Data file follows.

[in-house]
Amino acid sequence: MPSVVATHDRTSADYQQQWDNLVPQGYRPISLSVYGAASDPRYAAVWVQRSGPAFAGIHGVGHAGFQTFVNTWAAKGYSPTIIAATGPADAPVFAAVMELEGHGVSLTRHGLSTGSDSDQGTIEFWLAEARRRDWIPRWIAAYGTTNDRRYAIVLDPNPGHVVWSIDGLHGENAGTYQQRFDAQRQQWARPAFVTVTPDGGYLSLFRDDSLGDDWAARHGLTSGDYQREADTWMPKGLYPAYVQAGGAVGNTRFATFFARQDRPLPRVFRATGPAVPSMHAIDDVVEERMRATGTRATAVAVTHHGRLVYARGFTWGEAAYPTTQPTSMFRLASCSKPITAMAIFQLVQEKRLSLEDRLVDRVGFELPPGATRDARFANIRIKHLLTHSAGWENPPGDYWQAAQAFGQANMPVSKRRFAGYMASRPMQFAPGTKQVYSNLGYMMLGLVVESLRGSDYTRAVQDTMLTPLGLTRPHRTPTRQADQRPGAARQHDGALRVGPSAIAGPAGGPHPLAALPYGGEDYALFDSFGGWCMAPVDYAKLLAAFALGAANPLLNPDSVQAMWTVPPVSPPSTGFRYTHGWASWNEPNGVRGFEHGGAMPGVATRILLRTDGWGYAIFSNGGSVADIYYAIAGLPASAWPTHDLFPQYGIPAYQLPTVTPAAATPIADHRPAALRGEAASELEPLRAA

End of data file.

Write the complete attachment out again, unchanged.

[in-house]
Amino acid sequence: MPSVVATHDRTSADYQQQWDNLVPQGYRPISLSVYGAASDPRYAAVWVQRSGPAFAGIHGVGHAGFQTFVNTWAAKGYSPTIIAATGPADAPVFAAVMELEGHGVSLTRHGLSTGSDSDQGTIEFWLAEARRRDWIPRWIAAYGTTNDRRYAIVLDPNPGHVVWSIDGLHGENAGTYQQRFDAQRQQWARPAFVTVTPDGGYLSLFRDDSLGDDWAARHGLTSGDYQREADTWMPKGLYPAYVQAGGAVGNTRFATFFARQDRPLPRVFRATGPAVPSMHAIDDVVEERMRATGTRATAVAVTHHGRLVYARGFTWGEAAYPTTQPTSMFRLASCSKPITAMAIFQLVQEKRLSLEDRLVDRVGFELPPGATRDARFANIRIKHLLTHSAGWENPPGDYWQAAQAFGQANMPVSKRRFAGYMASRPMQFAPGTKQVYSNLGYMMLGLVVESLRGSDYTRAVQDTMLTPLGLTRPHRTPTRQADQRPGAARQHDGALRVGPSAIAGPAGGPHPLAALPYGGEDYALFDSFGGWCMAPVDYAKLLAAFALGAANPLLNPDSVQAMWTVPPVSPPSTGFRYTHGWASWNEPNGVRGFEHGGAMPGVATRILLRTDGWGYAIFSNGGSVADIYYAIAGLPASAWPTHDLFPQYGIPAYQLPTVTPAAATPIADHRPAALRGEAASELEPLRAA